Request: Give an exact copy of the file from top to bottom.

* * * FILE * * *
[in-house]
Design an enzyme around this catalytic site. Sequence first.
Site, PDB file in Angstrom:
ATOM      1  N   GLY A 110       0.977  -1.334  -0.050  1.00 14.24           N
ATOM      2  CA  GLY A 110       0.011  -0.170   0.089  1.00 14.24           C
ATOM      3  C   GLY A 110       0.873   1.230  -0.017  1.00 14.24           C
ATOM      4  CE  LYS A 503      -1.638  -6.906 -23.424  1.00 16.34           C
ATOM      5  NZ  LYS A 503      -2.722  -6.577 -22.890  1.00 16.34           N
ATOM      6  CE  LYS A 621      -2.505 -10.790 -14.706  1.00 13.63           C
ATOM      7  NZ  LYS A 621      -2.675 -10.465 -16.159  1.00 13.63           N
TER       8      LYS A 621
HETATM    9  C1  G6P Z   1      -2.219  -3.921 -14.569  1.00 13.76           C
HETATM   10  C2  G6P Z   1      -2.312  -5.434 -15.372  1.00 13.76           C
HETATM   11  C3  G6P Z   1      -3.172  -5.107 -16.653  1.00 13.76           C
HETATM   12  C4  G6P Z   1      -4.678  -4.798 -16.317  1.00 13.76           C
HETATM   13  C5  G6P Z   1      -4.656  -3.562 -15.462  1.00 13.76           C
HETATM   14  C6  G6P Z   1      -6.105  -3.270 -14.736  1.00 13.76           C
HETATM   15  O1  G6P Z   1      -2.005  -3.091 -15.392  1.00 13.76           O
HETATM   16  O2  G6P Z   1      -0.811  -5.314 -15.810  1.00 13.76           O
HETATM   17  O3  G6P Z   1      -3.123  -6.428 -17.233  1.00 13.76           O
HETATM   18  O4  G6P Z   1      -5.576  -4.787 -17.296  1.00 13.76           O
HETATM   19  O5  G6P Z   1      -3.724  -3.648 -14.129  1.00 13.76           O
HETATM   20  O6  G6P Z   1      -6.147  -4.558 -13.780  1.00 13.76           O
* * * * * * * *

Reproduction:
[in-house]
Design an enzyme around this catalytic site. Sequence first.
Site, PDB file in Angstrom:
ATOM      1  N   GLY A 110       0.977  -1.334  -0.050  1.00 14.24           N
ATOM      2  CA  GLY A 110       0.011  -0.170   0.089  1.00 14.24           C
ATOM      3  C   GLY A 110       0.873   1.230  -0.017  1.00 14.24           C
ATOM      4  CE  LYS A 503      -1.638  -6.906 -23.424  1.00 16.34           C
ATOM      5  NZ  LYS A 503      -2.722  -6.577 -22.890  1.00 16.34           N
ATOM      6  CE  LYS A 621      -2.505 -10.790 -14.706  1.00 13.63           C
ATOM      7  NZ  LYS A 621      -2.675 -10.465 -16.159  1.00 13.63           N
TER       8      LYS A 621
HETATM    9  C1  G6P Z   1      -2.219  -3.921 -14.569  1.00 13.76           C
HETATM   10  C2  G6P Z   1      -2.312  -5.434 -15.372  1.00 13.76           C
HETATM   11  C3  G6P Z   1      -3.172  -5.107 -16.653  1.00 13.76           C
HETATM   12  C4  G6P Z   1      -4.678  -4.798 -16.317  1.00 13.76           C
HETATM   13  C5  G6P Z   1      -4.656  -3.562 -15.462  1.00 13.76           C
HETATM   14  C6  G6P Z   1      -6.105  -3.270 -14.736  1.00 13.76           C
HETATM   15  O1  G6P Z   1      -2.005  -3.091 -15.392  1.00 13.76           O
HETATM   16  O2  G6P Z   1      -0.811  -5.314 -15.810  1.00 13.76           O
HETATM   17  O3  G6P Z   1      -3.123  -6.428 -17.233  1.00 13.76           O
HETATM   18  O4  G6P Z   1      -5.576  -4.787 -17.296  1.00 13.76           O
HETATM   19  O5  G6P Z   1      -3.724  -3.648 -14.129  1.00 13.76           O
HETATM   20  O6  G6P Z   1      -6.147  -4.558 -13.780  1.00 13.76           O